From smart to genius: smart hives and beekeeping technology

Dr. Joseph Cazier, a professor in the Department of Computer Information Systems and Supply Chain Management in the Walker College, wrote an article titled 'Peering into the Future: A Path to the Genius Hive'. His article was featured in Bee Culture, the magazine of American beekeeping.

Cazier and two colleagues were inspired by a webinar about the smart hive, a beehive that collects data and can tell you about itself. Our mission, says Cazier, is to take the smart hive to the next level and develop a genius hive.

A genius hive is similar to a smart hive in that both hives can collect data and tell the beekeeper about itsself; about its conditions. However, the difference between the smart hive and the genius hive is that in addition to gathering data about the hive's activity, the genius hive uses algorithms and machine learning to tell the beekeeper what specific steps need to be taken to maintain the integrity of the hive and the bees; in essence the genius hive will be able to tell you what it needs to do better. 

A smart hive measures hive weight, temperature and humidity, and can produce sounds and images to tell the user about itself. A genius hive would go to further by monitoring the hive for troubling activity and notifying the beekeeper before problems occur. A genius hive would create customized practices and suggestions for one's particular hive, telling the user exactly what they need to do to ensure the successful operation of the hive.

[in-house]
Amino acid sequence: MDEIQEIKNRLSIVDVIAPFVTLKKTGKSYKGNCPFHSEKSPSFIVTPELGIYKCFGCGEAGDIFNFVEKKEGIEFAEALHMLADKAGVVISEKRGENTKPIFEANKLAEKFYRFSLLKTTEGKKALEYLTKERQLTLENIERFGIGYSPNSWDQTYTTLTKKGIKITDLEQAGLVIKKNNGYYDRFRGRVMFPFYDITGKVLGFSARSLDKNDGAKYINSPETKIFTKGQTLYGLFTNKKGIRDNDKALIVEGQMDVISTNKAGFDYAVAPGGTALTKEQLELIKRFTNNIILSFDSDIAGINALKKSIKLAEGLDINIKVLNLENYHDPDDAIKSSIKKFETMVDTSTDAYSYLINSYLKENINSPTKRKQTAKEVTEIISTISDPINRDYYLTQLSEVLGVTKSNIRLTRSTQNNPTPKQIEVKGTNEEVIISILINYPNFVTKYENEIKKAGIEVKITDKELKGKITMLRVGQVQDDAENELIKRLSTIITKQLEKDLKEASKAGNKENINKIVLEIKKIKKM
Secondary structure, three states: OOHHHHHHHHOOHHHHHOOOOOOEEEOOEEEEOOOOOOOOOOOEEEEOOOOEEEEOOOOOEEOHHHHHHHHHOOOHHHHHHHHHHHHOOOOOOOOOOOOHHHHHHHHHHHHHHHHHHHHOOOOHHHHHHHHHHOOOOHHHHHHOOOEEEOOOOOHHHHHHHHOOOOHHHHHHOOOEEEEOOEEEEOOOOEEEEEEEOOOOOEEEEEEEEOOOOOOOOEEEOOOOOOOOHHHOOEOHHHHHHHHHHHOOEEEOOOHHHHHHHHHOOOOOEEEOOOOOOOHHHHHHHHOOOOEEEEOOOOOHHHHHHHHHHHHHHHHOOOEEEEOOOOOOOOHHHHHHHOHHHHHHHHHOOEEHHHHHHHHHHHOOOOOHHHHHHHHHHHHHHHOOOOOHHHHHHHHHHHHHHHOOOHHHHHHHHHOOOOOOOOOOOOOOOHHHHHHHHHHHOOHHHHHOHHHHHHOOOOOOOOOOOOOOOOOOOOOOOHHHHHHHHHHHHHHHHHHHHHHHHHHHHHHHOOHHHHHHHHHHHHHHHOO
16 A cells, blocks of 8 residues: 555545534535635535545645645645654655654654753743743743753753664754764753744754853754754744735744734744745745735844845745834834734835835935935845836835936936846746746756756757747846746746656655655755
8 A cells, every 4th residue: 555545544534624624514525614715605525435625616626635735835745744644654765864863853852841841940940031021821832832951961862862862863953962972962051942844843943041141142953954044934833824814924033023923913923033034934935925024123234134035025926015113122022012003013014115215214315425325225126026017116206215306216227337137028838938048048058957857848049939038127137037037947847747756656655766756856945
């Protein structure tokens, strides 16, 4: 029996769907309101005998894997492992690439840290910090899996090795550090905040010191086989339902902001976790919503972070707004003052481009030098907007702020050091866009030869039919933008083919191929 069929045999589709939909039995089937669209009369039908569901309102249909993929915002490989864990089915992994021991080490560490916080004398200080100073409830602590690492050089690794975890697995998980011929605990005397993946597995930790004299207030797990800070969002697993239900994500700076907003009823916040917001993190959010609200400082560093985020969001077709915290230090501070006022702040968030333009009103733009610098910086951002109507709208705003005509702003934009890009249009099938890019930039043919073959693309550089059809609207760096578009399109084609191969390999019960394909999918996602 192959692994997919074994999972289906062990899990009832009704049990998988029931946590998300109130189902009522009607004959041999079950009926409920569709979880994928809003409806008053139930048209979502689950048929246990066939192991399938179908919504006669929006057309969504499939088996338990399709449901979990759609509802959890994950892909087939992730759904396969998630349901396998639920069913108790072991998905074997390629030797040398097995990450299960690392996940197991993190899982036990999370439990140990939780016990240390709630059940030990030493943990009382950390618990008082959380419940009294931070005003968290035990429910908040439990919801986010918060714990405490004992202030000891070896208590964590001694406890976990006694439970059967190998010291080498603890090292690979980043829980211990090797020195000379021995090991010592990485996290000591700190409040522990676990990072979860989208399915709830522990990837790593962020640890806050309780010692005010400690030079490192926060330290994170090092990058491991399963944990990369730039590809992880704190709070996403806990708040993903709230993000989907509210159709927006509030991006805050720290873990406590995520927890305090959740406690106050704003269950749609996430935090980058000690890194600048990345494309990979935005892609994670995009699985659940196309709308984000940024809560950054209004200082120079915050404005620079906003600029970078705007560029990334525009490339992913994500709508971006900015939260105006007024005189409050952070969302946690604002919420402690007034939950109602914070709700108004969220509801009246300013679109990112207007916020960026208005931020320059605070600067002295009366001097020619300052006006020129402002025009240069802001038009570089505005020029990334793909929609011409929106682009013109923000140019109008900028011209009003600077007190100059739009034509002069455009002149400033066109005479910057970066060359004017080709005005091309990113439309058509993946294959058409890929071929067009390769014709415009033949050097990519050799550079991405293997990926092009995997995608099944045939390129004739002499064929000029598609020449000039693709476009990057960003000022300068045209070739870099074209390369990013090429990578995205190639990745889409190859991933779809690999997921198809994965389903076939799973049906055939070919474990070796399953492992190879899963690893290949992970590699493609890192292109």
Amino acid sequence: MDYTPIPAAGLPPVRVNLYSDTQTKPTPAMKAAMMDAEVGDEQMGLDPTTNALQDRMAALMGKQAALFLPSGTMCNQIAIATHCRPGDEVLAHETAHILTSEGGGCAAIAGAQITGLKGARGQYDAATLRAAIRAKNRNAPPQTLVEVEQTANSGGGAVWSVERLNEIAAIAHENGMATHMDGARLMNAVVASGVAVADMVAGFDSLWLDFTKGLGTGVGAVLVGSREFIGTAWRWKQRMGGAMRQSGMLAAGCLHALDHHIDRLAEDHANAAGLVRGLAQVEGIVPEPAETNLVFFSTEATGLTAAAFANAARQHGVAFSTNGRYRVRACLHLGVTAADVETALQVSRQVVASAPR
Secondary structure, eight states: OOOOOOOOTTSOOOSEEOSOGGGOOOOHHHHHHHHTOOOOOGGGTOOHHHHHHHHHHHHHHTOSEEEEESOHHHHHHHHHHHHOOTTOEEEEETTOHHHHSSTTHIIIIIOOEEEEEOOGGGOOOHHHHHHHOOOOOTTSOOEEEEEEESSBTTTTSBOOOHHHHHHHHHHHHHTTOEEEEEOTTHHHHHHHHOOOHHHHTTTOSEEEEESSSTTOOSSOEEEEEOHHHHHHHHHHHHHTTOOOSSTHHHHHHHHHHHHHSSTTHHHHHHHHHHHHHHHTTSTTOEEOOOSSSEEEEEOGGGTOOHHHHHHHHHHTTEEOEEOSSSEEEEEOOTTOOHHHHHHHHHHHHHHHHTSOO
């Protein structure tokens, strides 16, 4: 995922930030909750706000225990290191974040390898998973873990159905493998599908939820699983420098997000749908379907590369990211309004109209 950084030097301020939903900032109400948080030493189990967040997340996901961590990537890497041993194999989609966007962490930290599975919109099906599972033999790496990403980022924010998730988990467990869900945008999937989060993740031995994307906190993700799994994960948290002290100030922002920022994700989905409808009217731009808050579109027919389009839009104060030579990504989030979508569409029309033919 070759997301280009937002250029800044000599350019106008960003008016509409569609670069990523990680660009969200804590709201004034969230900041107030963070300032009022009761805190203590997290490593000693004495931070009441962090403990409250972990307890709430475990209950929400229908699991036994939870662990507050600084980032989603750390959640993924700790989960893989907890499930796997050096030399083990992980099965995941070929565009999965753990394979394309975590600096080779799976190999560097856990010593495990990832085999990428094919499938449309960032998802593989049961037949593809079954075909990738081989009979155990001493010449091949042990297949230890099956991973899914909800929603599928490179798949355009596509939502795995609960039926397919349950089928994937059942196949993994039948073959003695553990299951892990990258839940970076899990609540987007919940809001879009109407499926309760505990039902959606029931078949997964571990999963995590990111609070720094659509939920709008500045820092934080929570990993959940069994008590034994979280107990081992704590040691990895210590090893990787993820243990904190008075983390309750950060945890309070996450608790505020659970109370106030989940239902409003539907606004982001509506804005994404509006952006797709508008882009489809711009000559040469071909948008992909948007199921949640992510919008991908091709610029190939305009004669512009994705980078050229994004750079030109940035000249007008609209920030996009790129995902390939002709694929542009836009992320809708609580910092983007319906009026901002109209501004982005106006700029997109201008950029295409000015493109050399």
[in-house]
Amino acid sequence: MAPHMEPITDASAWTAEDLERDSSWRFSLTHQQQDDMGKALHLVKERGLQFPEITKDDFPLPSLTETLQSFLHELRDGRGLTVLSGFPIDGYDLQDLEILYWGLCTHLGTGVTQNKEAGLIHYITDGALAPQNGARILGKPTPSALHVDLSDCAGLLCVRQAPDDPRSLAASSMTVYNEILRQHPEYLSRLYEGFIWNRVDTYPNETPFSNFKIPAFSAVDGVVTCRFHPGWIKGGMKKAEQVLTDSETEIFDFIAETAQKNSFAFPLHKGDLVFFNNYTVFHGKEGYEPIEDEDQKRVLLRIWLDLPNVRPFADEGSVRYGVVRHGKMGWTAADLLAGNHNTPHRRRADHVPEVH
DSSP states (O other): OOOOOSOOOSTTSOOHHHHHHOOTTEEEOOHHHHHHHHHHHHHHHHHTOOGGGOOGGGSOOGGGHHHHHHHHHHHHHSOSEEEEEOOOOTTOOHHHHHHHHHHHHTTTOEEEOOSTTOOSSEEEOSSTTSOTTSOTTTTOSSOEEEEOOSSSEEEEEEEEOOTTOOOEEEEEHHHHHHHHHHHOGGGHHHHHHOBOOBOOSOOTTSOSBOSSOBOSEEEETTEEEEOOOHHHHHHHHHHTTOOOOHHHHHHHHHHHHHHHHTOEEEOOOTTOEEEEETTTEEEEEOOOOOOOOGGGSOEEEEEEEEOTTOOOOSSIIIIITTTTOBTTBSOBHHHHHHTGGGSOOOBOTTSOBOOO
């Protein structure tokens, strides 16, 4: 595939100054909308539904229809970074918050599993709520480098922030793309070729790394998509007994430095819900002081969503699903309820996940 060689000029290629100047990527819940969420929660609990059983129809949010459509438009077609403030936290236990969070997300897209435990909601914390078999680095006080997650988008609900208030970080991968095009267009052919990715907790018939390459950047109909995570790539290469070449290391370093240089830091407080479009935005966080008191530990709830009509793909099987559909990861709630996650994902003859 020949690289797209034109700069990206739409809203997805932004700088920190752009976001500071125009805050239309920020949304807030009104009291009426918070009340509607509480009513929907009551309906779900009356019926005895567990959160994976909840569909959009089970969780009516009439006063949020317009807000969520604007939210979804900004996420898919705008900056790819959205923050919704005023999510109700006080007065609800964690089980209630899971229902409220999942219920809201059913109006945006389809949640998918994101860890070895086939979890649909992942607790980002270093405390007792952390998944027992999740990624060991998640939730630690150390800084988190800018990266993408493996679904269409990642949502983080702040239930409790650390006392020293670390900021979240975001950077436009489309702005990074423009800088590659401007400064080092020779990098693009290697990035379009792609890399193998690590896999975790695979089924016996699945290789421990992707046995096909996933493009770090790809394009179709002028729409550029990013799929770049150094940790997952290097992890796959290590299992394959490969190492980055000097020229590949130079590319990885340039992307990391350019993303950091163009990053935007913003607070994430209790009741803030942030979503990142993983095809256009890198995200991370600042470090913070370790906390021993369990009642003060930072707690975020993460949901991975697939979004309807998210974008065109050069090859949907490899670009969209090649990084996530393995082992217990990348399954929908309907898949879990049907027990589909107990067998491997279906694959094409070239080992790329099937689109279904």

According to Cazier, a genius hive cannot successfully exist and operate by itself. It needs to be part of a larger network (a collection of hardware, software, knowledge, and standardized data). That being said, Cazier discusses in his article the  4-step process in moving from the smart hive to building the genius hive:

Step 1: Develop and adopt a universal data standard. When beekeepers, vendors, and researchers develop an international standard for the collection and storage of data, the data can the be collected at the scale necessary to build a genius hive.

Step 2: Identify and validate best management practices: This knowledge helps in customizing management practice recommendations for each individual hive.

Step 3: Integrate data collection, machine learning, and best management practices into a system. As more people begin to keep hive records in an electronic format and share data with the bee community, the records are used to build and grow a genius hive.

Step 4: Continually use and improve the system with additional data, insights and technology.

Cazier and his team welcome all to participate by sharing data, contributing knowledge and insight, and/or working to understand and apply what they are learning from the data they collect.

"Our goal is to create a future where the genius hive helps beekeepers everywhere to not only know their bees, but to know what the bees need to be the best they can be." - Dr. Joseph Cazier.

Published: Apr 4, 2018 10:57pm